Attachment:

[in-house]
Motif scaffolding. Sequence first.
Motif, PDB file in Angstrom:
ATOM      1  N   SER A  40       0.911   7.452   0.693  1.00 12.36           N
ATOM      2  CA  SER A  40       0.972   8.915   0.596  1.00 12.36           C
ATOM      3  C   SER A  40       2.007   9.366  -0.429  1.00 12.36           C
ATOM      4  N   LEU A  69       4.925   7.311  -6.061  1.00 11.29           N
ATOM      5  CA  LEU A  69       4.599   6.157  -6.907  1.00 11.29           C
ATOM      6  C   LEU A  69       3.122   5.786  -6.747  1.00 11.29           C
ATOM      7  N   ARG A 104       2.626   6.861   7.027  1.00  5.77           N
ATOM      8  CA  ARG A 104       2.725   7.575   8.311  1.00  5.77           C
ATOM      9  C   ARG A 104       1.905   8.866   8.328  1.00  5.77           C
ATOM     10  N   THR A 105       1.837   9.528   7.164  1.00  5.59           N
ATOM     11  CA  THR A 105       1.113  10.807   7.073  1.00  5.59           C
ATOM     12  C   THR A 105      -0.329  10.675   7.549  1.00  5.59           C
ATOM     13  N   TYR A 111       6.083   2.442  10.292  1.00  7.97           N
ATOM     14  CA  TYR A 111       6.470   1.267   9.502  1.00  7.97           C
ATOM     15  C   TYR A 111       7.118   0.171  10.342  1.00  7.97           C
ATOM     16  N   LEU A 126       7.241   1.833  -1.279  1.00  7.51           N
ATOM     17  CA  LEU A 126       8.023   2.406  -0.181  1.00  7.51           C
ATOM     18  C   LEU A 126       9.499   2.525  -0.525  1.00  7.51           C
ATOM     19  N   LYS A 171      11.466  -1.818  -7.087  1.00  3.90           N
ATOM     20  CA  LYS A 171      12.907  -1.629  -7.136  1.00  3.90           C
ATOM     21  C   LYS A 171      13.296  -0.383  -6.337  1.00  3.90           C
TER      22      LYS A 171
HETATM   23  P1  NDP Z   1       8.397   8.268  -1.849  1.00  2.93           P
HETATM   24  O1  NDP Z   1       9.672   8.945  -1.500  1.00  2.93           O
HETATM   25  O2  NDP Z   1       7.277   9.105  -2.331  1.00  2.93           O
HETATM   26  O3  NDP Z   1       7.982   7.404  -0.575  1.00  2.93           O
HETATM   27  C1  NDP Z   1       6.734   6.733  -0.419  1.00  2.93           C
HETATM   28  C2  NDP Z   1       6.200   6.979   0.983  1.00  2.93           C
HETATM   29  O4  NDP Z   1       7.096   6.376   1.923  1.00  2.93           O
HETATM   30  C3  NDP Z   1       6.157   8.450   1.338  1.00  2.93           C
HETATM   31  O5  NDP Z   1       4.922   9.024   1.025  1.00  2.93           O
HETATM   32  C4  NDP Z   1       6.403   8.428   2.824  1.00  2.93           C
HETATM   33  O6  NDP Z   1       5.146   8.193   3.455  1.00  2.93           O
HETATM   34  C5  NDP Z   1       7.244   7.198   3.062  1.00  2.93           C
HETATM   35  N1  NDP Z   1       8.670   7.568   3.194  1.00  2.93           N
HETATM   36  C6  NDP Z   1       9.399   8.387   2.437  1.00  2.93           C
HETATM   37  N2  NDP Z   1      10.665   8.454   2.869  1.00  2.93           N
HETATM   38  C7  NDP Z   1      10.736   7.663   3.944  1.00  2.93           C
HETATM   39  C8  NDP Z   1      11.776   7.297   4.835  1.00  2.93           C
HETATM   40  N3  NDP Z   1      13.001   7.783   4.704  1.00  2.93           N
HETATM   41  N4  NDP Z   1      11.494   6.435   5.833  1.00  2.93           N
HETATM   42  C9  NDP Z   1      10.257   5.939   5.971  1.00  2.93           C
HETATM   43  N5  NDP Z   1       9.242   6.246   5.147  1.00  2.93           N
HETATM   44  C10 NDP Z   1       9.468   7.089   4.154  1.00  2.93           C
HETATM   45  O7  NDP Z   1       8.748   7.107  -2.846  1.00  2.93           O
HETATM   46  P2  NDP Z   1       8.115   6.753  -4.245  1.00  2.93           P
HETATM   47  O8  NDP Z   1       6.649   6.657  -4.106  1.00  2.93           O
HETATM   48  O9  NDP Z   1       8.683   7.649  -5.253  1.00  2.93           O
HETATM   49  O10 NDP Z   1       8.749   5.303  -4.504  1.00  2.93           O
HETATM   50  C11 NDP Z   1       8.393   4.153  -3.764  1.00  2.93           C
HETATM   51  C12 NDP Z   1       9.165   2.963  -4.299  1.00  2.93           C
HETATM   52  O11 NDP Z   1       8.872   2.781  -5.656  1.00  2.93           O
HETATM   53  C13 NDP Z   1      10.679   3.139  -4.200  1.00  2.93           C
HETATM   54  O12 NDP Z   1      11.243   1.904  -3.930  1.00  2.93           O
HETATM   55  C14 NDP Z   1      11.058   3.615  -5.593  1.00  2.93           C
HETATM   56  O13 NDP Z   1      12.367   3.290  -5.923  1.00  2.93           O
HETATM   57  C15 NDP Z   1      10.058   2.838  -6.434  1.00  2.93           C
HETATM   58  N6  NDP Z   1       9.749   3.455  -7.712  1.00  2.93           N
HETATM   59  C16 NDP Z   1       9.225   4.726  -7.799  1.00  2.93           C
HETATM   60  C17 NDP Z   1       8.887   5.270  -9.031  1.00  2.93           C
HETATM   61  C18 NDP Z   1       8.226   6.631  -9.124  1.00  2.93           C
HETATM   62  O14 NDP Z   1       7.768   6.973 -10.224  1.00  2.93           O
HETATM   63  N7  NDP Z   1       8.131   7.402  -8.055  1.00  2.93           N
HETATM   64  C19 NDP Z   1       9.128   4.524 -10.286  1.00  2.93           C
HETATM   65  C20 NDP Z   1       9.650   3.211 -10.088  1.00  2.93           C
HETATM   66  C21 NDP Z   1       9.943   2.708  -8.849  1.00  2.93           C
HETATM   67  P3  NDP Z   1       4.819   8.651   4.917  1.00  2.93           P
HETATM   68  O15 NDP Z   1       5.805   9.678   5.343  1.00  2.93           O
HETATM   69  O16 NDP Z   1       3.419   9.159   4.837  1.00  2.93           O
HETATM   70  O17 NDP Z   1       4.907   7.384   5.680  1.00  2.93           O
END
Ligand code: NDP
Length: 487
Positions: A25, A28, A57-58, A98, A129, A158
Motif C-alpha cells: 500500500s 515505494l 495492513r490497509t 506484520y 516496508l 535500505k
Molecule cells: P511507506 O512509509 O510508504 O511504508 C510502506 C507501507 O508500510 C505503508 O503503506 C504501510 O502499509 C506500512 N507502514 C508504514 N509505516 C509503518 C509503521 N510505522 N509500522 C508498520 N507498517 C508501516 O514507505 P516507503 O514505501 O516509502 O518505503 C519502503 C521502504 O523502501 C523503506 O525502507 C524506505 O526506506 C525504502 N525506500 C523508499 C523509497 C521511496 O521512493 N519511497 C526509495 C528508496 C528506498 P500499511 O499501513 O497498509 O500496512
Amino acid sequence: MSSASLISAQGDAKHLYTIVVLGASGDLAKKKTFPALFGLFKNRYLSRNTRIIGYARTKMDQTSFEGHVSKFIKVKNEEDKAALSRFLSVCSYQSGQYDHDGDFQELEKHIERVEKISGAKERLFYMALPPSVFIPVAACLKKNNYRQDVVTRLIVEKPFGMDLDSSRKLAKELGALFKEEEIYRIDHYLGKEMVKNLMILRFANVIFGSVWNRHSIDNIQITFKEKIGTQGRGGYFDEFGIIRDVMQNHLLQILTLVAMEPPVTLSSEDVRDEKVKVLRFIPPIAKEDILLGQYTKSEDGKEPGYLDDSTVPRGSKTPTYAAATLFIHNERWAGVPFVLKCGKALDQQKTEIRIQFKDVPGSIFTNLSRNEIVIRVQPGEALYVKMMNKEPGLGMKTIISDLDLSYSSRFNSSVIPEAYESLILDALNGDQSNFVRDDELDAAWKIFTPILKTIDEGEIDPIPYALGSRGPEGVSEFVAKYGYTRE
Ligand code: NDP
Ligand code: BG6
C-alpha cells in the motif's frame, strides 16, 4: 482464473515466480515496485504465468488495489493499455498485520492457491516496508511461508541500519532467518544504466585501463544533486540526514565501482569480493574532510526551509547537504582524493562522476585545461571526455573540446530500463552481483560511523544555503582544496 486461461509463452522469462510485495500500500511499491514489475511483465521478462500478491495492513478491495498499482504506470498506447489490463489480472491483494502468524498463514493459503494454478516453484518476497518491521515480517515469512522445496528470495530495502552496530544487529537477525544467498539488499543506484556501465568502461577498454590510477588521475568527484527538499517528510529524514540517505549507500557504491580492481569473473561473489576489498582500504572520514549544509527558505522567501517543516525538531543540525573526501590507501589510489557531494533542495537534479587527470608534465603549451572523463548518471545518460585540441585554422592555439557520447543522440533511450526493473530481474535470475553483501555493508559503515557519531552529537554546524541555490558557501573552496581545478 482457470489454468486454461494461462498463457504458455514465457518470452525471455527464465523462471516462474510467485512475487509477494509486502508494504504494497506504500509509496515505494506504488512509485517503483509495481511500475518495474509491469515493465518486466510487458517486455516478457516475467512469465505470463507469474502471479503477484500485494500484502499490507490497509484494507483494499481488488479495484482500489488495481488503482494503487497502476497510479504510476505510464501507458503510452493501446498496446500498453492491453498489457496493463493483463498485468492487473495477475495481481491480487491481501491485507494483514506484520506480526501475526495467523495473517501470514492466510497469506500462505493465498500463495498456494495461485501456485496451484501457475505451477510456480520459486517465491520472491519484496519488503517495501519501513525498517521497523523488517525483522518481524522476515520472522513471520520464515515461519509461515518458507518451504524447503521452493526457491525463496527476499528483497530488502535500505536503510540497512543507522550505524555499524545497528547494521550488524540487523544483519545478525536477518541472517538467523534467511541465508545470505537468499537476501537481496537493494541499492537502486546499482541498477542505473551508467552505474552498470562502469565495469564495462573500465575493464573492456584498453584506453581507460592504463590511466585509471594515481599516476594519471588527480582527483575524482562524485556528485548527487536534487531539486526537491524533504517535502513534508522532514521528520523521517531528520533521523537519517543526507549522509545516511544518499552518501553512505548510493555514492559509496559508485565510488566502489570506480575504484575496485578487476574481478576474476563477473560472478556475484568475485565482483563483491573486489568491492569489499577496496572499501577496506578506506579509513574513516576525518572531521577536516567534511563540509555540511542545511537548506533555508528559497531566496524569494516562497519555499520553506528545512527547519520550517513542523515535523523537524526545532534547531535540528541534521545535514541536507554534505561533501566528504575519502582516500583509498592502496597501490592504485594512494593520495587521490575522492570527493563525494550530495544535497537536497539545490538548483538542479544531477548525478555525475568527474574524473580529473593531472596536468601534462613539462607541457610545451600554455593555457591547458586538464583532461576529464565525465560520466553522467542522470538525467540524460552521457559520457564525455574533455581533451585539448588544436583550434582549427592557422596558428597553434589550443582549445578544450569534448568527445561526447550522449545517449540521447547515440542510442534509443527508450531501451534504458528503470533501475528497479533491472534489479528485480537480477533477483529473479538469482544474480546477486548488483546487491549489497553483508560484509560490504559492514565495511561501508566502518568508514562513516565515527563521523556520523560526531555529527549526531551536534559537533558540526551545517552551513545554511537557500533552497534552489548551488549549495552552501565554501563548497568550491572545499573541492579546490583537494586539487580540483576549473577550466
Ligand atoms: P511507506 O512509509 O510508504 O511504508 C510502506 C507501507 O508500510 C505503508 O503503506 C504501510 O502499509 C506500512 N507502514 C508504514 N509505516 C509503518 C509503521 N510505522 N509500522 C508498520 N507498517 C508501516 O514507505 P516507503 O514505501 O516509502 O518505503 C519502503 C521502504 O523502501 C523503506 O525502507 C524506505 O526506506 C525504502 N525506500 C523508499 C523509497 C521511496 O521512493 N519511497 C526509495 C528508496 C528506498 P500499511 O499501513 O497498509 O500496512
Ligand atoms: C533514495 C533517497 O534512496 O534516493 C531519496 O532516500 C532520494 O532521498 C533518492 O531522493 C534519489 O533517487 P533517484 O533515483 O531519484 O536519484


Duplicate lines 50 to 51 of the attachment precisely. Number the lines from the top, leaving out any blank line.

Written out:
HETATM   47  O8  NDP Z   1       6.649   6.657  -4.106  1.00  2.93           O
HETATM   48  O9  NDP Z   1       8.683   7.649  -5.253  1.00  2.93           O